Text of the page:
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Milk Thistle - The 3 Silly Sisters

Updated: Mar 2, 2023

Milk Thistle is a herb that is popular from Christmas through to the New Year as it helps to look after your liver - helping to support against the effects of alcohol consumption.

At New Years when we are making our resolutions and we wish to begin a cleanse or detox Milk Thistle is a common herb that comes up as it is in many of the cleanse & detox formulations, due to its restorative effects for liver function and digestive system.

Let's have a deeper look into Milk Thistle and how it can help support your health and healing.

Milk thistle (Silybum marianum) is also known as St. Mary's Thistle or Ladies Thistle. It is part of the Compositae family, with the fruit or seed of the plant being used for medicinal purposes. The steams and leaves can be added to salads or other cooking. Milk thistle contains many constituents but a main one is a flavolignan called Sylimarin which contains the three silly sisters - silybin, silydristin and silydianin.

It is the three silly sisters that have much of the hepatic trophorestorative effects.

Milk Thistle has the energy of being bitter, warming and drying. Within the body it helps to stimulate, decongest and dissolve while being restorative and softening.

Its main actions are that it helps restore liver function, while protecting the liver. Milk thistle helps with increasing bile secretion from the liver and it has an antioxidant effect.

So what do these actions mean for you when you are wanting to use Milk Thistle?

Your liver function can be impaired by many things, including the foods you eat, what you drink, medications you may take and any recreational substances. This can cause congestion within the liver, through slowing down the detoxification pathways and damage to the hepatocytes.

If your detoxification pathways are not working effectively, it is hard for your body to process hormones, you can have decreased digestive function, you may suffer with headaches, you may have skin eruptions or itchiness.

If liver function is severely impaired the symptoms can be jaundice, abdominal pain and swelling and swelling of the legs and ankles.

Looking at Milk Thistle it helps with stimulating and decongesting the liver, which can help with getting the detoxification pathways working well again. It is able to restore function and soften the hepatocytes. These can become hardened with cirrhosis of the liver. The bitter qualities help to aid in getting the liver to produce the bile that is sent to the gallbladder, that is then sent to the small intestine which help you to digest your fats and absorb your fat soluble vitamins.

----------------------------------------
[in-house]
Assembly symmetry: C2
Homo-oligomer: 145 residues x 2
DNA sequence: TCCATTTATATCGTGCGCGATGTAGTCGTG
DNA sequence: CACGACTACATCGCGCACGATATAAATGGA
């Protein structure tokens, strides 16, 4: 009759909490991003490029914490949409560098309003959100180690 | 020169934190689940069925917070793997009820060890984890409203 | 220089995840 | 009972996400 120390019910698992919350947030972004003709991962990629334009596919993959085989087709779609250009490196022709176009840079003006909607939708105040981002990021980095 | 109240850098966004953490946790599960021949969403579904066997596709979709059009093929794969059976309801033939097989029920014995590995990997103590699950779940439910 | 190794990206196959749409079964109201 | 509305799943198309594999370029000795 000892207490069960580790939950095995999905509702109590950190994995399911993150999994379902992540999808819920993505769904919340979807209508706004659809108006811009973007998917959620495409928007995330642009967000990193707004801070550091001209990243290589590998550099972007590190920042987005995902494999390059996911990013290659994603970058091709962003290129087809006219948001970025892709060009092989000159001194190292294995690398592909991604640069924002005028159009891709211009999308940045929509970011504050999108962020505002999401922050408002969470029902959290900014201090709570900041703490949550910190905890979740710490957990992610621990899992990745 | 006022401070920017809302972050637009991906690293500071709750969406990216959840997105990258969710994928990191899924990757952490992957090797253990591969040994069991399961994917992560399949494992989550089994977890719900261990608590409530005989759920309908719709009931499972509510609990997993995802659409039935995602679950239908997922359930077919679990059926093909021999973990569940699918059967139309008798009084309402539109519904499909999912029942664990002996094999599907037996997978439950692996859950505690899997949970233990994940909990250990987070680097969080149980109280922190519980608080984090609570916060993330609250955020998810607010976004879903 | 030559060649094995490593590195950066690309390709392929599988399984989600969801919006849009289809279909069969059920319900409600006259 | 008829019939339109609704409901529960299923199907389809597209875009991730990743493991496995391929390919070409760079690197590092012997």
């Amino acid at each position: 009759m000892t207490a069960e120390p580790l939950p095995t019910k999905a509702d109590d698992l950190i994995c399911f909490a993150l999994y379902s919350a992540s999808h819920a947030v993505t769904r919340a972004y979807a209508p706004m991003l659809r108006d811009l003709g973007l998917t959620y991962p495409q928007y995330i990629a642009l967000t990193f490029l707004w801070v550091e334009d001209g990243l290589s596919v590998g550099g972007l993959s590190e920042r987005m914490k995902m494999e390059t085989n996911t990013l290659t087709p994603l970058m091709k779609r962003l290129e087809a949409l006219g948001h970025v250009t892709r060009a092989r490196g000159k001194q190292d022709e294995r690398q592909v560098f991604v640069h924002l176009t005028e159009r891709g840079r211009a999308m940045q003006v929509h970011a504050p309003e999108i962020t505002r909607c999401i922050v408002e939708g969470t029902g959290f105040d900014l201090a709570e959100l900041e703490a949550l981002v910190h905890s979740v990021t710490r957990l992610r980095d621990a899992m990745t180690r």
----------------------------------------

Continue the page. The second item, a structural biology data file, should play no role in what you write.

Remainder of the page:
You may like to include using Milk thistle into your daily routine if you are coping with any of the following:

  • Hepatitis

  • Jaundice

  • Alcoholic liver damage

  • Non-alcoholic liver damage - this can be from medications

  • Fatty liver & issues with blood sugar levels

  • Digestive issues such as nausea, indigestion and constipation.

  • Skin conditions that are linked to the liver such as psoriasis and eczema.

  • Heavy menstruation, menstrual cramps or absent menses.

  • Liver protection

  • Aiding in helping the liver with detoxification

Milk Thistle is considered a safe non toxic herb, however any information given here is not a substitute for seeking medical attention or consulting with your doctor.

Milk thistle can be taken as a singular herbal tincture or added to a herbal blend.

You can use the Milk thistle seeds in smoothies, sprinkled on salads or ground up in baking.

Milk thistle should not be used by those who are allergic to the compositae family.

Milk thistle has had some rare side effects reported. These include: sweating, abdominal cramps and loose stools.

NOTE: Milk thistle may increase the metabolism of some medications.

You may like to continue reading about further detoxing in blog post below.


Bone, K. (2003), A clinical guide to blending liquid herbs, St Louis, Missouri; Churchill Livingstone

Fisher, C. & Painter, G. (1996), Materia Medica of Western Herbs for the Southern Hemisphere; New Zealand & Australia

Holmes, P. (2007) The energetics of Western Herbs - A materia medica integrating western & chinese herbal therapeutics, Vol.1, 4th edition, Cotati, California; Snow Lotus

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